Costa Rican architect César Oreamuno has designed a modular capsule that accommodates to the basic needs of a community after a state of emergency or disaster. The units are adaptable and easily assembled in order to account for a variety of situations and respond to a series of unique functions, although the main theme of the project is focused on improving the quality of attention towards the basic needs of crisis victims, as well as encouraging the development of the community.
Launched in 2007, The Buckminster Fuller Challenge has quickly gained a reputation for being what Metropolis Magazine once called “Socially-Responsible Design’s Highest Award.” This year, for the first time, a Student Category was reviewed separately from the general applications, however still based upon the same criteria: comprehensiveness, feasibility, replicability, ecological responsibility, and how verifiable and anticipatory the project is. Students from the Centre for Human Habitat and Alternative Technology (CHHAT) claimed the prize with their adaptable and lightweight modular domes, made from natural, local or recycled materials.
In light of recent refugee crises, Belgium-based architecture and engineering firm DMOA has become involved with The Maggie Program, an initiative to improve refugee shelter, education, and health through a new building concept.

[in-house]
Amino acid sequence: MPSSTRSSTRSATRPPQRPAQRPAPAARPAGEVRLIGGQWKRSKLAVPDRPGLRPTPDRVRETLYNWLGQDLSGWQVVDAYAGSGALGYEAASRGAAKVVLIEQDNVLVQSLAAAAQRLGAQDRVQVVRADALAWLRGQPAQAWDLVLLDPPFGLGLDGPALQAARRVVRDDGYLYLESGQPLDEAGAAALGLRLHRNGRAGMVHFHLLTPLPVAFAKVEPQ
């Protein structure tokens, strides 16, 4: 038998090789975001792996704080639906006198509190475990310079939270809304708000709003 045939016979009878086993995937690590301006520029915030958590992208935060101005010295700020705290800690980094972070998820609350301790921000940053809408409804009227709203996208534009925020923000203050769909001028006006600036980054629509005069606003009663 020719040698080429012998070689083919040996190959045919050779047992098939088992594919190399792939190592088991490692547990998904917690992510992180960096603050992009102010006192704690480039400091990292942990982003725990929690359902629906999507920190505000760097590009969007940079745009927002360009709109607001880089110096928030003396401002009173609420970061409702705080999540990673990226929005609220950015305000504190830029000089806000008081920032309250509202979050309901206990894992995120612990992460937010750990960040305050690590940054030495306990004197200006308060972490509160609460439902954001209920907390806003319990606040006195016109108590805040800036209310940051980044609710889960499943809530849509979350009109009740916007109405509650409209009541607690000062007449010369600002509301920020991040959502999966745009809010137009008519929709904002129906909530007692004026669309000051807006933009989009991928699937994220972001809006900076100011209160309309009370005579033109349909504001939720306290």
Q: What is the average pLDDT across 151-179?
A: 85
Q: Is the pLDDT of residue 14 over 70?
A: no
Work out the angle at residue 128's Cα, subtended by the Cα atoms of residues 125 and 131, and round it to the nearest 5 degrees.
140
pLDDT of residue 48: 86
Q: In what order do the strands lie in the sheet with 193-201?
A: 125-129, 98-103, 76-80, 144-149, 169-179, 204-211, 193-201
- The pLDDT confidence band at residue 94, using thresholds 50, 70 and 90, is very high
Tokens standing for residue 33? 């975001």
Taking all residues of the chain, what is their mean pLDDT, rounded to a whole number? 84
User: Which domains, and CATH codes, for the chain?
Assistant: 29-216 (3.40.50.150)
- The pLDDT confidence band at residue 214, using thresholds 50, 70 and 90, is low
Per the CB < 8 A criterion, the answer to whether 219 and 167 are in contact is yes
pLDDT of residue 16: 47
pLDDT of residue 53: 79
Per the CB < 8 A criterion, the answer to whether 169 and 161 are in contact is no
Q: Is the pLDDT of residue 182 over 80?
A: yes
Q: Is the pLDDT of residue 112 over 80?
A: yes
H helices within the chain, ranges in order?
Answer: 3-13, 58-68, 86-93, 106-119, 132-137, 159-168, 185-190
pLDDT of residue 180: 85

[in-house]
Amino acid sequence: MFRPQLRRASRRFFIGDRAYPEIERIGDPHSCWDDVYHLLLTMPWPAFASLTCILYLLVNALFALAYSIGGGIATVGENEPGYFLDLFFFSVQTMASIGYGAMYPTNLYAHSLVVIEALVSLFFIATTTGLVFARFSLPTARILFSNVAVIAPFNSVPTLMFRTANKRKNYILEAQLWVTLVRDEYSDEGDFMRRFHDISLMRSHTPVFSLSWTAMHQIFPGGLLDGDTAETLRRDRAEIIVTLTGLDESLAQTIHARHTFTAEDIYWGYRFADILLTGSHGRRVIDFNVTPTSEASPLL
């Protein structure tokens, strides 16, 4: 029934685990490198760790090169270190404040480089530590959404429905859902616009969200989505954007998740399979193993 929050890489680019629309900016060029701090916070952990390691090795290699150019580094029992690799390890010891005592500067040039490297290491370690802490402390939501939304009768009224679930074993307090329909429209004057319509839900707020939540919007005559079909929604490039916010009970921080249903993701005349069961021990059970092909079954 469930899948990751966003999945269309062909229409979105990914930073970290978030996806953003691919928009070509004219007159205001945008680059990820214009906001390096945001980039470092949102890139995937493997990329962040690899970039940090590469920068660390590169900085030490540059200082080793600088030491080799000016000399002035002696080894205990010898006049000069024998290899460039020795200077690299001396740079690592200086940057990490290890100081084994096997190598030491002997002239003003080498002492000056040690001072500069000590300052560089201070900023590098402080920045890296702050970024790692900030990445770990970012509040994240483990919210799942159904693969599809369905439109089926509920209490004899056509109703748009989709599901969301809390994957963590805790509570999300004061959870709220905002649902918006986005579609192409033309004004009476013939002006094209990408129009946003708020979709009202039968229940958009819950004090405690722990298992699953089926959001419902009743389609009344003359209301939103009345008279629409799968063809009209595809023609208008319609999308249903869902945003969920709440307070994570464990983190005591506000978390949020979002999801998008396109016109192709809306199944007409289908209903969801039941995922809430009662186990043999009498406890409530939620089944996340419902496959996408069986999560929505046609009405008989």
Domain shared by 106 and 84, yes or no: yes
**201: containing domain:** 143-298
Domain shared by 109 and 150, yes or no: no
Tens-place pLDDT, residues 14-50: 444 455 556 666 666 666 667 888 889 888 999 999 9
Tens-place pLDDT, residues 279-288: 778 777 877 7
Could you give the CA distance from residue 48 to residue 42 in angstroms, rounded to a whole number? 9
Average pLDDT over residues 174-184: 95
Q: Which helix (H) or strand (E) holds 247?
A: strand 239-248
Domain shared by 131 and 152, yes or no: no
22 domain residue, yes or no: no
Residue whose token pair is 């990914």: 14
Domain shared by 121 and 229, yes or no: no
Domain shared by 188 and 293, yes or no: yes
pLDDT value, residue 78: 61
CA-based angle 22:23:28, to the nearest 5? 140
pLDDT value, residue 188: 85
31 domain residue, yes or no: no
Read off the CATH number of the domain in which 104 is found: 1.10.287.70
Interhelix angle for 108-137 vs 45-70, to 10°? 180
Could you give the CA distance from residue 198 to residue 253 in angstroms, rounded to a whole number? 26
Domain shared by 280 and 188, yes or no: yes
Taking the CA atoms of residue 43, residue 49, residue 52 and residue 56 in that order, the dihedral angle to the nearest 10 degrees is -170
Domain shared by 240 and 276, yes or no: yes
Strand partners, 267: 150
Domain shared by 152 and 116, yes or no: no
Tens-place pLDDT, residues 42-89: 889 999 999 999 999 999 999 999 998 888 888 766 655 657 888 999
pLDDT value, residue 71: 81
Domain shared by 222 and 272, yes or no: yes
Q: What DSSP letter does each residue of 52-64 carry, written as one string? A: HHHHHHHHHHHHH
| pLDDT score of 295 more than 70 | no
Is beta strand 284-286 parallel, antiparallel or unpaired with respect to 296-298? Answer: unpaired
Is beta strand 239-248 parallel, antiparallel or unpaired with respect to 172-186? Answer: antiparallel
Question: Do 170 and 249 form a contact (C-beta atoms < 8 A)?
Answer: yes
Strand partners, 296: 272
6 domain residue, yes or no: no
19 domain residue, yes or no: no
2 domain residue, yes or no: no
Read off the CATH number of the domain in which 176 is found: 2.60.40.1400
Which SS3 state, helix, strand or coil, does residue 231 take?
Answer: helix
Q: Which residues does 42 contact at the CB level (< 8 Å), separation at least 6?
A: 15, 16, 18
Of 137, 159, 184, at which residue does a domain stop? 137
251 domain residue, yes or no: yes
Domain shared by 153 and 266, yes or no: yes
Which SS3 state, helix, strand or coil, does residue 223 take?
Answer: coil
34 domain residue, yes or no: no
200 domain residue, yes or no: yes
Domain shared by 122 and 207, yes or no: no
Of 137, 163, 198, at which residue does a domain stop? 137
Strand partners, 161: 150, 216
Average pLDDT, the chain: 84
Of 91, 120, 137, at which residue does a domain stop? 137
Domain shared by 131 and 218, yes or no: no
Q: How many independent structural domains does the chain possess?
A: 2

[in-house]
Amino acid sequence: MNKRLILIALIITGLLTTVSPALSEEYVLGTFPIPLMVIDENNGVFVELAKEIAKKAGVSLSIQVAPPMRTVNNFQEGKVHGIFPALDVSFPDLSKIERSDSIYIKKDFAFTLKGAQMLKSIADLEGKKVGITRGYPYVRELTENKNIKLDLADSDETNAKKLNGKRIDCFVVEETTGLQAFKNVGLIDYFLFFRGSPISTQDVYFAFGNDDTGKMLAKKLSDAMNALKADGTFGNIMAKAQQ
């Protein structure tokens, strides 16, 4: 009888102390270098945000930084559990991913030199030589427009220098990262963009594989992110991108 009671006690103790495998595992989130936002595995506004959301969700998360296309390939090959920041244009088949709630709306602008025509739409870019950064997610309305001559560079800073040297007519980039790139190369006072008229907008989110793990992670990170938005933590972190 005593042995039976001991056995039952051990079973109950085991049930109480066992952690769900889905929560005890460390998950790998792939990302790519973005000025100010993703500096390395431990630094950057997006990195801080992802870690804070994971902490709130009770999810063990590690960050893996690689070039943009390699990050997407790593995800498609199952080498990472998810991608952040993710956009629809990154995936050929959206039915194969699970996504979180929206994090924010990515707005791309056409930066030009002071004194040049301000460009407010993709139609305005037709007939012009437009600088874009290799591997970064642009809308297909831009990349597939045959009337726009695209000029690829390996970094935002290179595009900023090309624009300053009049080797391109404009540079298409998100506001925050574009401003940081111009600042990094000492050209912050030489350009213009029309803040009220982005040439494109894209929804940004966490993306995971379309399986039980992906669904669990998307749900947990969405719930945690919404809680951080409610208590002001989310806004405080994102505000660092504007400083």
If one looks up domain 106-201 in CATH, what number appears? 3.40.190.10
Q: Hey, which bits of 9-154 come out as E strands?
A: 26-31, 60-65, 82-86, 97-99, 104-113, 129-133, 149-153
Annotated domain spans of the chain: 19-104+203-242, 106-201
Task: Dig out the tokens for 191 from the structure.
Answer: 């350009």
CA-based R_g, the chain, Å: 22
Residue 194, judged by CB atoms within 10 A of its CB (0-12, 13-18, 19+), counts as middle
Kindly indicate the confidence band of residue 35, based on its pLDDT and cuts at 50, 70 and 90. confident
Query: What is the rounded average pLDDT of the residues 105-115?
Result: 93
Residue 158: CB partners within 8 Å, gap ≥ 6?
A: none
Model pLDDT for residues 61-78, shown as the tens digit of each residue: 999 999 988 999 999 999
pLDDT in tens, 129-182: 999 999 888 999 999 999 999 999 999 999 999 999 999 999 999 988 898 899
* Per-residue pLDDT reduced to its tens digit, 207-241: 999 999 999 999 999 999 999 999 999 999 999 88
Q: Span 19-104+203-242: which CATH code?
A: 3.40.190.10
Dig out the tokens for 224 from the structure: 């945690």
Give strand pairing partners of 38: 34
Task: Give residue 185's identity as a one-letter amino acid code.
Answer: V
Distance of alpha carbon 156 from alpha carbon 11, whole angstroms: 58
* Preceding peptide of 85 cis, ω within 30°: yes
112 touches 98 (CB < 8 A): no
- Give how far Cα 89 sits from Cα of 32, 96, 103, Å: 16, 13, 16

Because most countries only allow for temporary settlements for refugees, the project centers around the Maggie Shelter, a temporary tent-like structure, that functions as a more substantial, fixed building.
First-year architecture and urban planning students at the Estonian Academy of Arts have designed and created READER, a shelter based on the concept of removal from daily life, and focusing on oneself. Passers-by are invited to enter the shelter and “escape from the real world of problems into the fictional world of books.” And for those who don’t have a book on hand, the structure is meant to evoke the pages of a book through its ribbed wooden structure.
Shelter is a basic human need, but over 11 million families cannot afford a safe and stable place to live. In a crusade to change this sad fact, the Enterprise Rose Fellowship gives socially-minded architects the tools they need to pursue careers in affordable housing and community development. For more on the learning opportunity, head over to Next City and click here.
Max Wallack, a 12 year old from Natick, has just won WGBH’s Design Squad “Trash to Treasure” design contest with his “Home Dome” invention, which is a shelter for the homeless, built with just plastic, wire and packing peanuts. The structure is in the form of a Mongolian yurt and includes a built-in bed.
For his winning design, Max won $10,000, a Dell laptop and a trip to Boston to see how his design becomes real. The “Home Dome” was selected as the winning innovation out of more than 1,000 contest submissions.
Seen at The Design Blog. Watch a video about the winner, after the break.